Flooding can occur at any time of the year in the Yukon, often with little or no warning. Flooding is an important environmental process, but it can also result in damage to buildings, critical infrastructure, areas of cultural and traditional importance, environmental contamination or even result in harm and loss of life. Recognizing this, Yukon Government’s Emergency Measures Organization (EMO), with funding from the Federal National Disaster Mitigation Program, approached the Northern Climate ExChange (NCE), part of the Yukon Research Centre at Yukon College, to develop an online tool that helps communities and government officials identify areas of current and future flood risk; and an online database that tracks changes in flood risk from region to region and over time.
The core piece of the Yukon Flood Risk Assessment Tool is a map viewer, which displays a variety of thematic layers to allow users to analyze flood risk in a certain community. In support of this objective, NCE developed and piloted a participatory mapping activity in Old Crow to allow Community-members to identify important values that could be damaged or affected in this area (exposure). Yukon government continues work to identify areas that would be affected in the event of a flood (hazard), the combination of hazard and exposure (risk) and how this may change in the future due to climate change.
The flood hazard in most Yukon communities can be determined using information already available from the Yukon Government, Water Resource Branch; however, information pertaining to exposure is best identified by those who live in the community that is at flood risk. This project aimed to engage with local First Nations and communities to identify and discuss flood related vulnerabilities specific to their community and combine them with existing flood hazard information to determine the overall flood risk.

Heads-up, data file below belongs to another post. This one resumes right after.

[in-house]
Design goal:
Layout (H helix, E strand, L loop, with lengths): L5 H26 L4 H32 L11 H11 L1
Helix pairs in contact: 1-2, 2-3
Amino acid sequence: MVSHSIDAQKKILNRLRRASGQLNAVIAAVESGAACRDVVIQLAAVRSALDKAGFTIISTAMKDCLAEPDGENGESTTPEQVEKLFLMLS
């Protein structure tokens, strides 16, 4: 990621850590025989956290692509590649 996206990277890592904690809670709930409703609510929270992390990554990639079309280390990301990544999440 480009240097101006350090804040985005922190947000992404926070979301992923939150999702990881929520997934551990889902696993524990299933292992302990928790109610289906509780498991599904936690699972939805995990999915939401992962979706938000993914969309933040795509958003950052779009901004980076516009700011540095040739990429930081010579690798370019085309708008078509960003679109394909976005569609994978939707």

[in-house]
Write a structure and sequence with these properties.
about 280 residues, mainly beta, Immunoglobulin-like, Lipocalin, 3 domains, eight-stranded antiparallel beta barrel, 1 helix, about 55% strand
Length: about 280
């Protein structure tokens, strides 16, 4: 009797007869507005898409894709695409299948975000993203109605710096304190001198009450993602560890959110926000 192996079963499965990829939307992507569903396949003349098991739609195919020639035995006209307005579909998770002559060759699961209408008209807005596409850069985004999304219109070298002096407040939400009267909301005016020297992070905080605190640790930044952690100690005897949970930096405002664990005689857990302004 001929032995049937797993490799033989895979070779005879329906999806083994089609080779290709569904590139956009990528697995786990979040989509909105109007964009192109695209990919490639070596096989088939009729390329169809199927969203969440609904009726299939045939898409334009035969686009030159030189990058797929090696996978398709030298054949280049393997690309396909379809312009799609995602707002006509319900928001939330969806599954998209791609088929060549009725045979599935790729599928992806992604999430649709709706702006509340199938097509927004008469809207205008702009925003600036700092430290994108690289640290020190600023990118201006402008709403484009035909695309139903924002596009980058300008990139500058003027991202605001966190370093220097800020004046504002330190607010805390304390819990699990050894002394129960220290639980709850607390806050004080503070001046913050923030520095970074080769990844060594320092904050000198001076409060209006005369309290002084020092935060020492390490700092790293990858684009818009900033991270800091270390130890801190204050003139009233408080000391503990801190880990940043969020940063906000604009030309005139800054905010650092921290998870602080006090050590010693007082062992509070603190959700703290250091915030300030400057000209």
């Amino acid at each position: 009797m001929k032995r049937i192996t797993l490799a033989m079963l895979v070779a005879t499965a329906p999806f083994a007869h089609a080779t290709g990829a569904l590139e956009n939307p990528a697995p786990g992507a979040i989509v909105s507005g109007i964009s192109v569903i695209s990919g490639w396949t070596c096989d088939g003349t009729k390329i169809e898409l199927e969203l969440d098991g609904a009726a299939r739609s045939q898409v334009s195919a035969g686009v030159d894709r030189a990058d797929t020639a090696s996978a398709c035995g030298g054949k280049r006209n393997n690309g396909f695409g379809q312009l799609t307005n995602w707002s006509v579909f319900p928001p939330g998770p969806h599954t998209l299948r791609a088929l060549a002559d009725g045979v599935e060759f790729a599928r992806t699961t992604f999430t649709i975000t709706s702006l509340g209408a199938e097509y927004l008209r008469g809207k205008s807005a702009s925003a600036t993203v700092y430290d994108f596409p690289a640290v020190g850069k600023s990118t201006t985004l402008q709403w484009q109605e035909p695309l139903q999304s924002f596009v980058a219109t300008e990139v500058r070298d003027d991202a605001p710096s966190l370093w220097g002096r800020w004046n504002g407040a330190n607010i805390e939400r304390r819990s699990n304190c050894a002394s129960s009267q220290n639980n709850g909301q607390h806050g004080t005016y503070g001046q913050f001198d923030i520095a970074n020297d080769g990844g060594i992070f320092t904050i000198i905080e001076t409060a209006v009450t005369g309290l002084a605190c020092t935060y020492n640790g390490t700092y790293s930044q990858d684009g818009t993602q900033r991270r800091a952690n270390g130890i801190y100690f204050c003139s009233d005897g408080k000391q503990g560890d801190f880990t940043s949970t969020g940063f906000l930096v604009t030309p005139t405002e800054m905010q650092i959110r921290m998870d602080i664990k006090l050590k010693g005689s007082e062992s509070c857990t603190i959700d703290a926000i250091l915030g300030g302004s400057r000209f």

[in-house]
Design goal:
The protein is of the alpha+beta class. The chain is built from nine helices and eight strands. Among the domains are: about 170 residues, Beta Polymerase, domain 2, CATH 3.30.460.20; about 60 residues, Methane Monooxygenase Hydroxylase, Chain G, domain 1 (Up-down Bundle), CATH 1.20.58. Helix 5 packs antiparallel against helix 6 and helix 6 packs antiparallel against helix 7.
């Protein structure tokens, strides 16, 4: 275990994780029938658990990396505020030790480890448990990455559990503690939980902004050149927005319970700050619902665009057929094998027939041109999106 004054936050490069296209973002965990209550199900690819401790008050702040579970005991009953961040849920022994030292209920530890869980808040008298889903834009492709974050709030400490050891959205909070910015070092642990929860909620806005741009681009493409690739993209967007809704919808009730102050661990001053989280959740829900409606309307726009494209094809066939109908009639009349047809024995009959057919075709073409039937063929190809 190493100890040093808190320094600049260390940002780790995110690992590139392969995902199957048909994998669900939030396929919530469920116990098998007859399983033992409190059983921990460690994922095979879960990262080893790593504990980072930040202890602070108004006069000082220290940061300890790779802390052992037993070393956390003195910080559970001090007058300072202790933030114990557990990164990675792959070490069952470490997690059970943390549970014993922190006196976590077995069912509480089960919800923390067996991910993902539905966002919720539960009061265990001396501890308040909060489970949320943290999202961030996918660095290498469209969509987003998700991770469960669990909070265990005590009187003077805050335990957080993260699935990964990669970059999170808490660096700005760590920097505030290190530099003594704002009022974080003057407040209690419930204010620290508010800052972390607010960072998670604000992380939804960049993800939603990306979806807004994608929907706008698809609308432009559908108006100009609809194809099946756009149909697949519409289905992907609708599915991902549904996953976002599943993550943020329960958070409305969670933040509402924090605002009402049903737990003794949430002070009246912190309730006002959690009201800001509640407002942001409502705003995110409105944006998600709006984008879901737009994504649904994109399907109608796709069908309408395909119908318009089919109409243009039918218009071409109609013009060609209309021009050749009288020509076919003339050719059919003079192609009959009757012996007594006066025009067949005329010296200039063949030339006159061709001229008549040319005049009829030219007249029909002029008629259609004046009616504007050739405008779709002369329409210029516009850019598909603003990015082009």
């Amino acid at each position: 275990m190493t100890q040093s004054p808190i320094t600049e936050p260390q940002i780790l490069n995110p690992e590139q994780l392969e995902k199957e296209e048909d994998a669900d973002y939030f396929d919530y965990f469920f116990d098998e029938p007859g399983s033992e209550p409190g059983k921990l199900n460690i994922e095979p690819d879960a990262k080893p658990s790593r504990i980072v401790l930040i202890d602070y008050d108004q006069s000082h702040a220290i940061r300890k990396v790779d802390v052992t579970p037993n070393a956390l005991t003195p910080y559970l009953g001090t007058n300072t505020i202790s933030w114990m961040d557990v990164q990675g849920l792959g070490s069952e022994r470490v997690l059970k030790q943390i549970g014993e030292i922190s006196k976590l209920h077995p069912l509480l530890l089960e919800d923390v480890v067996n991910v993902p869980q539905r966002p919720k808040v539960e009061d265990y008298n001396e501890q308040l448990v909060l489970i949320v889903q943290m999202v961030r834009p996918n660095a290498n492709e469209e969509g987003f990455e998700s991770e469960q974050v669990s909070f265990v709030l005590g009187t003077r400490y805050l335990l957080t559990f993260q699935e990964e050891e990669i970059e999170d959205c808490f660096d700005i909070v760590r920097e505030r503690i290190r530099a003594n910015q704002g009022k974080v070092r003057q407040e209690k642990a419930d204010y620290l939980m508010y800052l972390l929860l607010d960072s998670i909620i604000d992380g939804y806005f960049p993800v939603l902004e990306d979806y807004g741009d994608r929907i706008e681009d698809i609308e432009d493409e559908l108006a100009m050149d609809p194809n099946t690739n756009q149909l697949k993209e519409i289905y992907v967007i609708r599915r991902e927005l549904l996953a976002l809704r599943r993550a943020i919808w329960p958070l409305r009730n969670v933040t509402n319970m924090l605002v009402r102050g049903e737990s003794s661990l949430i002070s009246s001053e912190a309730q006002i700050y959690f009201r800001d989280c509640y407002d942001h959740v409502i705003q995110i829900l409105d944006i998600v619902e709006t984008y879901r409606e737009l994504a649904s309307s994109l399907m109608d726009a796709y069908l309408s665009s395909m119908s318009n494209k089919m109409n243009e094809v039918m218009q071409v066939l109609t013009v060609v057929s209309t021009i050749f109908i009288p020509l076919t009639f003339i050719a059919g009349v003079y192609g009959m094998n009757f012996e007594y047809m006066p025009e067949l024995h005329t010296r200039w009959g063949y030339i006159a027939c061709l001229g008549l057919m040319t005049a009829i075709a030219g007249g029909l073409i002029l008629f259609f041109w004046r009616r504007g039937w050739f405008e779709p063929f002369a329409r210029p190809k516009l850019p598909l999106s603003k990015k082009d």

The tool and database was developed and piloted with the participation of the Vuntut Gwichin First Nation and delivered to EMO for further development and integration into future flood decision-making.
Maciej Stetkiewicz, Climate Change and Northern Hydrology Project Coordinator, Yukon Research Centre
Stephanie Saal, Climate Change and Northern Hydrology Technical Analyst,
Northern Climate ExChange, Yukon Research Centre, Yukon College
Tesera Systems Inc.
John Coyne, Emergency Management Planner, Emergency Measures Organization, Yukon Government
Rick Janowicz, Manager Hydrology, Water Resource Branch, Yukon Government
Aynslie Ogden, Senior Science Advisor, Executive Council Office, Yukon Government
David Morrisette, Water Resources Engineer, Morrison Hershfield
Elizabeth Scambler, Emergency Planning Officer, BC Provincial Government